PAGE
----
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WASHINGTON (AP) — The White House acknowledged Thursday that President Donald Trump's decision to hold up military aid to Ukraine was linked to his demand that Kyiv investigate the Democratic National Committee and the 2016 U.S. presidential campaign.
The admission from acting chief of staff Mick Mulvaney raised questions at the Justice Department and brought swift rebuke from Democrats, who cast his words as an admission of wrongdoing. Mulvaney said Trump did nothing improper because he was asking for help investigating a prior election, not seeking assistance with the 2020 contest. It's illegal to seek or receive foreign help of value in a U.S. election.
In the White House's most granular explanation of the decision to withhold military aid from Ukraine, Mulvaney said the president's move was part of efforts to clean up corruption in the Eastern European country. He appeared to be referring to unsubstantiated conspiracy theories about a purported Ukrainian link to Russia's hack of the DNC during the last presidential election.
"The look back to what happened in 2016 certainly was part of the thing that he was worried about in corruption with that nation," Mulvaney told reporters in the White House briefing room.
"Did he also mention to me in the past the corruption that related to the DNC server? Absolutely, no question about that," Mulvaney continued. "That's why we held up the money."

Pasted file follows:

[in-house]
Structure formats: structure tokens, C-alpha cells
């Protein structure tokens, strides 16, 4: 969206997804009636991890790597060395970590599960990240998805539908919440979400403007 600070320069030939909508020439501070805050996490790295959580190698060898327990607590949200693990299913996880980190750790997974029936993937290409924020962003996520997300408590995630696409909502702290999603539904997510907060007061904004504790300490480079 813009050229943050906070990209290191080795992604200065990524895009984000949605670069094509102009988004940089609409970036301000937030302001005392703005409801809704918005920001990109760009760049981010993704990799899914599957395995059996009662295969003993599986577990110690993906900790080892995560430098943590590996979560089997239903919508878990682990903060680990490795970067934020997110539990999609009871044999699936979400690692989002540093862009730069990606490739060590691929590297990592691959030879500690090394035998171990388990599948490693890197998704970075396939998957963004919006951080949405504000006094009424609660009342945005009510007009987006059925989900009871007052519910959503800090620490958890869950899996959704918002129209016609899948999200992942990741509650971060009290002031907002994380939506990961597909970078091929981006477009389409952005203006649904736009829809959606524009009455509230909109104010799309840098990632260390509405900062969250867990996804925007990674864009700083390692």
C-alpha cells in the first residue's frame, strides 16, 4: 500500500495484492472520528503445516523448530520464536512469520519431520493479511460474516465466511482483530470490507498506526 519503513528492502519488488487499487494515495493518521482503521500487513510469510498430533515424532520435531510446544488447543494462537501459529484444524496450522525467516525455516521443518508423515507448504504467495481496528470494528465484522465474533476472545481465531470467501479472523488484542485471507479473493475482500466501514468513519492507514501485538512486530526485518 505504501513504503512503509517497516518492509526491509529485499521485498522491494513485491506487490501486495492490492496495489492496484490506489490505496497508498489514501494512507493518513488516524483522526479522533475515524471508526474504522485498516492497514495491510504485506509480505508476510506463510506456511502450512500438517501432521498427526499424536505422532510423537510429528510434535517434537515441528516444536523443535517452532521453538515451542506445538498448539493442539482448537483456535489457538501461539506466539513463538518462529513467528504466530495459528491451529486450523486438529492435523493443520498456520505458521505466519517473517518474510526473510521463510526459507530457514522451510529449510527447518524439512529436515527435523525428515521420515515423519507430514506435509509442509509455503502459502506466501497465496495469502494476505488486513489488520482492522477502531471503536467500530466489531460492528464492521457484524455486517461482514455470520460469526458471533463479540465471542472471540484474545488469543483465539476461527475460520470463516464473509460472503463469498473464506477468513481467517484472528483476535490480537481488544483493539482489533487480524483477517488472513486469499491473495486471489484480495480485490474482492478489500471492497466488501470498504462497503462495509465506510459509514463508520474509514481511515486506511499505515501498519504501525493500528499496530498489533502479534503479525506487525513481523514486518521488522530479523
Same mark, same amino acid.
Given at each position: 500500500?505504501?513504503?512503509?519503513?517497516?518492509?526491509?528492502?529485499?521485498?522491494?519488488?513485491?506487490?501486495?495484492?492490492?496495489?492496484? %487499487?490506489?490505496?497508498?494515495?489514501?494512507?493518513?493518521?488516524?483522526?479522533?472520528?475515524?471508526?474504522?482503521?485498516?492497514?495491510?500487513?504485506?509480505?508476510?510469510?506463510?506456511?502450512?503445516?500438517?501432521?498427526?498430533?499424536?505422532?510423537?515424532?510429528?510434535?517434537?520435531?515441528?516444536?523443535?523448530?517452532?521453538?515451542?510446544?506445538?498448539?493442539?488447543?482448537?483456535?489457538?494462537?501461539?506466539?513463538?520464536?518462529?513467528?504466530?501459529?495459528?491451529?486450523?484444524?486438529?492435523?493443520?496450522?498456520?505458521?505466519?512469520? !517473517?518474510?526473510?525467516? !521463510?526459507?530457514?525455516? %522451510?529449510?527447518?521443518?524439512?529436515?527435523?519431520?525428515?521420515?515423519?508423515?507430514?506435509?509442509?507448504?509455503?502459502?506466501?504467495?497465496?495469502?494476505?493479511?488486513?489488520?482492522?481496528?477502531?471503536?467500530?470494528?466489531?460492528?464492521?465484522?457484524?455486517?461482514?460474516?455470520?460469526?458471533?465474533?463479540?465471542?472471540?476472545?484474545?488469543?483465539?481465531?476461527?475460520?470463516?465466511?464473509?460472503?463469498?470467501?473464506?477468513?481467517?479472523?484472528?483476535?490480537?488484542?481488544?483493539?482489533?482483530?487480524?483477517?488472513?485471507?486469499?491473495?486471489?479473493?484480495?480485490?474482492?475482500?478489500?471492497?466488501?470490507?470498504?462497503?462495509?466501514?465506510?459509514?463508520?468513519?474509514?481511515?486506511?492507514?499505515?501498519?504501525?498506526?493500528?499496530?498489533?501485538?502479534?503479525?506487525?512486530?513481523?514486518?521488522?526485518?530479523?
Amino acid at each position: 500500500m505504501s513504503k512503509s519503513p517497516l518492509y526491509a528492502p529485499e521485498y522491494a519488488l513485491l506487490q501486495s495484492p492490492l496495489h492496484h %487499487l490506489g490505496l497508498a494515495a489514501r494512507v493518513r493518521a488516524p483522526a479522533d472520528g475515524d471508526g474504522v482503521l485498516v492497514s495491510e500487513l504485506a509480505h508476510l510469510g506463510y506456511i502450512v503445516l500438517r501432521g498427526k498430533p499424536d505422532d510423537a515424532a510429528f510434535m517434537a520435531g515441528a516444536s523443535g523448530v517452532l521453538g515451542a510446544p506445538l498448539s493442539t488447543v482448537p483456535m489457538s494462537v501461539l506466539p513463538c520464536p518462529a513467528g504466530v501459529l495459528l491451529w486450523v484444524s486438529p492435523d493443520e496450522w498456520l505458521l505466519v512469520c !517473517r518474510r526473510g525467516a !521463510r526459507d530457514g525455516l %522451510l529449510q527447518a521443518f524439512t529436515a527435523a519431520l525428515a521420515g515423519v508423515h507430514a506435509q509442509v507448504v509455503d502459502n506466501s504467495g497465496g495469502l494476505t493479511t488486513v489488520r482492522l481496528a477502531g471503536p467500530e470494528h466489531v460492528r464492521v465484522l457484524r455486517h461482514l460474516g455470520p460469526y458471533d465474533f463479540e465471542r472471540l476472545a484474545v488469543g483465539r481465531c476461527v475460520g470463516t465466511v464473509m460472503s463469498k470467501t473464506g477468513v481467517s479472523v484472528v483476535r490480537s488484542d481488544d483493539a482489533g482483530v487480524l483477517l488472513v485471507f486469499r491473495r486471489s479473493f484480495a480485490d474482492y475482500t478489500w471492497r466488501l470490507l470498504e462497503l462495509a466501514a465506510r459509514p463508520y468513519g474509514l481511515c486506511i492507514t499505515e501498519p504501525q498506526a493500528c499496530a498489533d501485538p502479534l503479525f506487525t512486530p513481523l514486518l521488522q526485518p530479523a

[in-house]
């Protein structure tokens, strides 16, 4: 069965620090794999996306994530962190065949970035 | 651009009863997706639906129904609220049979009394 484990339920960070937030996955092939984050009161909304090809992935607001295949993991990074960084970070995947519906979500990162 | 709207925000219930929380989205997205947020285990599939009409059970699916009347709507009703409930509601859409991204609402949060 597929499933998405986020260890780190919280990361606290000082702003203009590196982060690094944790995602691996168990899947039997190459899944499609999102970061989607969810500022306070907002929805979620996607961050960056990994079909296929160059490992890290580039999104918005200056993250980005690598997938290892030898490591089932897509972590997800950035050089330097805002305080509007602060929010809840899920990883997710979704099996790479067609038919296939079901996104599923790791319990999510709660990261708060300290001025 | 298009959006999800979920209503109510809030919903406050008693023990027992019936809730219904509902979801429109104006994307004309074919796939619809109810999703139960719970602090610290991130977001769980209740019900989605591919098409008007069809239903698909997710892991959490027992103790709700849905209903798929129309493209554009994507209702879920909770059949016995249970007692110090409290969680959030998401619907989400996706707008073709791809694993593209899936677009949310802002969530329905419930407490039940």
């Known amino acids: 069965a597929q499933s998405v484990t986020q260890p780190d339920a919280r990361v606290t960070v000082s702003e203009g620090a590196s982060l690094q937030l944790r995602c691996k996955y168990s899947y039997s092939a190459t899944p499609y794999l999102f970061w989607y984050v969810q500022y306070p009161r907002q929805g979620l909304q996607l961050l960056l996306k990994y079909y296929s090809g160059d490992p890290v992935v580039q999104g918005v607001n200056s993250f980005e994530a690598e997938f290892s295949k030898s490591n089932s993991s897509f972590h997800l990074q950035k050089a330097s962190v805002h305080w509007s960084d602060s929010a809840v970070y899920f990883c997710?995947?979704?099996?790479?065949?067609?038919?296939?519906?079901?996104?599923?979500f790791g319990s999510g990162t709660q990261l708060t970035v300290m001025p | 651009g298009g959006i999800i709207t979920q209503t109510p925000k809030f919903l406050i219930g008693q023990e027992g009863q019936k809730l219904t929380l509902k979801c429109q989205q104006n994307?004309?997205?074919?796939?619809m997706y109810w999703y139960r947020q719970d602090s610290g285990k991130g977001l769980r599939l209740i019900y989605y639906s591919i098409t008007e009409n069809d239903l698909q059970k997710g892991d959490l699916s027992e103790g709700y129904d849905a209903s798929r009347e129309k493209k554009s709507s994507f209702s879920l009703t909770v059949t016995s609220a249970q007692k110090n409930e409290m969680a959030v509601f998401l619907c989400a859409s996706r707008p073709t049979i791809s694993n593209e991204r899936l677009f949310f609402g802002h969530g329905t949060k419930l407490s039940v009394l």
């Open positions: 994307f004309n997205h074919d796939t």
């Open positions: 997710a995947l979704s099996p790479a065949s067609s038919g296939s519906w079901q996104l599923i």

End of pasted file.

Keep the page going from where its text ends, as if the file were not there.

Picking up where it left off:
Mulvaney's comments suggested a quid pro quo was at play for the military aid — but a different one than Democrats initially highlighted at the start of the impeachment probe. Democrats are probing whether Trump sought Ukraine's help with investigating baseless corruption allegations about Democratic rival Joe Biden and other allegations from a government whistleblower's compliant.
As for complaints about mixing politics with foreign policy, Mulvaney had a blunt rejoinder: "I have news for everybody: Get over it. There is going to be political influence in foreign policy."
Trump's personal lawyer Jay Sekulow issued a pointed statement distancing the president's legal team from Mulvaney's comments.
"The President's legal counsel was not involved in acting chief of staff Mick Mulvaney's press briefing," it said.
Mulvaney later issued a statement claiming his comments had been misconstrued.
"Let me be clear, there was absolutely no quid pro quo between Ukrainian military aid and any investigation into the 2016 election," he said. "The president never told me to withhold any money until the Ukrainians did anything related to the server."
However, Mulvaney at the briefing had directly cited questions about the DNC server as a reason the money for Ukraine was being held up.
A rough transcript of a July call between Trump and Ukrainian President Volodymyr Zelenskiy shows the U.S. leader raised both Biden and the DNC hack.
Democratic Rep. Adam Schiff, the chairman of the Intelligence Committee leading the impeachment probe, said, "I think Mr. Mulvaney's acknowledgment means that things have gone from very, very bad to much, much worse."